How a unique approach to health care is helping patients with chronic conditions
The Hants Health and Wellness Team takes a holistic approach to treating patients
The idea of learning how to manage her recent diabetes diagnosis with a group of strangers terrified Lori Bent.
She was diagnosed six months ago and her doctor referred her to the Hants Health and Wellness Team in Windsor. Her fears about the team's diabetes and exercise group were quickly put to rest, however.
"We learn from each other every day," Bent said ahead of this week's class. "When we're here we're talking; we have an open discussion every morning about whatever we choose to work on, whether it's diet or exercise [or] our feelings.… That allows us to help each other."
It's not a common approach to primary care, but it's what the Hants site embodies.
Four years ago, the health authority was looking for a new approach for primary care in the West Hants area, in part because of a lack of family physicians and in part because of a high population of people with multiple medical problems, that could compliment existing services.
At the same time in Dartmouth, Dr. Colin van Zoost, a general internist, was trying to find a new approach to addressing the growing number of patients he was seeing with multiple medical problems who needed a more holistic approach to care.
"We've realized that if you only focus on the one single system problem, you're not actually treating the patient," he said. "You're only treating that problem and it just really is not good patient care."
Van Zoost partnered with the health authority to travel one day a week to his hometown and work as part of the wellness team, which also includes a nurse practitioner, registered nurse, two dietitians, a physiotherapist and an emotional wellness counsellor.
What's unique about this approach is the incorporation of a specialist into primary care, the acknowledgment that not all of the patients need to see the doctor and the fact people can self refer, removing a barrier if they don't have a family doctor.
Patients seeing the most appropriate team member is essential, said van Zoost, because each has a finite amount of time and each is especially skilled at certain things. The system is about maximizing people's time and their scope of practice.
The team's composition is based on best practices as well as community consultation to determine what people needed and wanted. Programs here are designed for patients ranging from the most healthy to the most sick and complex, with interventions and care plans tailored to people's specific needs and goals with an aim toward helping them live healthier lives.
The group setting is often used because it allows the same message to be delivered to multiple people at once and because it's been shown people learn better in that dynamic. They also benefit from the support system, as Bent discovered.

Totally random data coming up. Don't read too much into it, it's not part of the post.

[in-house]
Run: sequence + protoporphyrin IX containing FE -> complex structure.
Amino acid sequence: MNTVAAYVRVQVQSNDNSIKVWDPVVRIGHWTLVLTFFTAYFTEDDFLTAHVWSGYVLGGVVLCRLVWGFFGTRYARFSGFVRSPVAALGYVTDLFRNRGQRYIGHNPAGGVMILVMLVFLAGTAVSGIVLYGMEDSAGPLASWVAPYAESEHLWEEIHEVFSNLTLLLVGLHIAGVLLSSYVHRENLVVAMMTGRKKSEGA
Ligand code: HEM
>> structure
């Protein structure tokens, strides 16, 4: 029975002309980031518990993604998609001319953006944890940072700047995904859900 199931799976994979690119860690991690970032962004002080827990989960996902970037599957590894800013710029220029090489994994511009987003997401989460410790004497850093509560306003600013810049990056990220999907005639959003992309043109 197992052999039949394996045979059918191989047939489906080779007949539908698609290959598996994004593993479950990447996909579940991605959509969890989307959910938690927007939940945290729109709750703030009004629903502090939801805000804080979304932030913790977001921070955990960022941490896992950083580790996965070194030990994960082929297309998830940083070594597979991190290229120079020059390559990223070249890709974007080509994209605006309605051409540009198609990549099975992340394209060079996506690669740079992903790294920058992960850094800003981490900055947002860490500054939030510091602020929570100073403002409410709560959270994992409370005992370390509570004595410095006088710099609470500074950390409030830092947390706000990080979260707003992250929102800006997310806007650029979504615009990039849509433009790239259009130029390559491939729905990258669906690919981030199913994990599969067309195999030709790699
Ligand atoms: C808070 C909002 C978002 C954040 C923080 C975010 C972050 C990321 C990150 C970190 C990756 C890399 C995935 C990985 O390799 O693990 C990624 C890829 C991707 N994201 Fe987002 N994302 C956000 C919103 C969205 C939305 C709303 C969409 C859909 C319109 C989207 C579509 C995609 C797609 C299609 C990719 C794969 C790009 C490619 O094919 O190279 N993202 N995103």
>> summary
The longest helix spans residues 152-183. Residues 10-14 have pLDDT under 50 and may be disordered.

"We look at increasing people's motivation, skill and confidence to adopt a more physically active lifestyle," said Bonnie Doyle, the team's physiotherapist and wellness facilitator.
"It empowers patients to really look at their own behaviours and how they can perhaps change some things in their life and in the decisions and choices that they're making to improve their health."
That's also the goal of the emotional wellness counsellor.
Jennifer Moore sees people who are struggling but still functioning in one-on-one or group settings. She can also refer people to other members of the team.
Chronic disease often has a mental health component, but sometimes a patient has a barrier in their life that prevents them from being ready to make lifestyle changes. That's where Moore can help.
"A lot of the time with physical conditions we feel the condition has control or the provider has control, but really the role that I have here is helping people see that they have control," she said. "We look at people's needs not just from a physical lens but from a holistic lens."
Overcoming operational challenges
Moore also helps act as a navigator, guiding people through the system and helping them access community resources so they aren't left to do it on their own. Van Zoost said Moore's role is "probably the most integral" on the team.
While patients are responding well to the team, making all of it happen isn't easy, said van Zoost. As a fee-for-service doctor, he has essentially volunteered a lot of time helping to set up the program and working with it the way he does. It has also been challenging at times to make other health-care providers see the need to do things differently, he said.
The team in Windsor, meanwhile, has complete faith in what they're doing and the results they're seeing.
The need for a paradigm shift
Bringing this model to other communities isn't as simple as copying it, said van Zoost. A community must be engaged to see what people need and if they'd use the service. Then, ideally, resources would be repurposed to find a more effective and efficient approach, as was done in Windsor.
Van Zoost acknowledges it's a very different way to think about primary care — and one some providers might not like — but the changing patient demographic makes it essential, he said.
"For the majority of people, yes, one-on-one care works well, but is not necessarily the only way to do it or best way to do it. And for another chunk of individuals, that is probably the worst way you could deliver care.
"But currently we are caught in this model where one-on-one care with a physician is the predominant model of care [and] I think there needs to be a shift in that paradigm."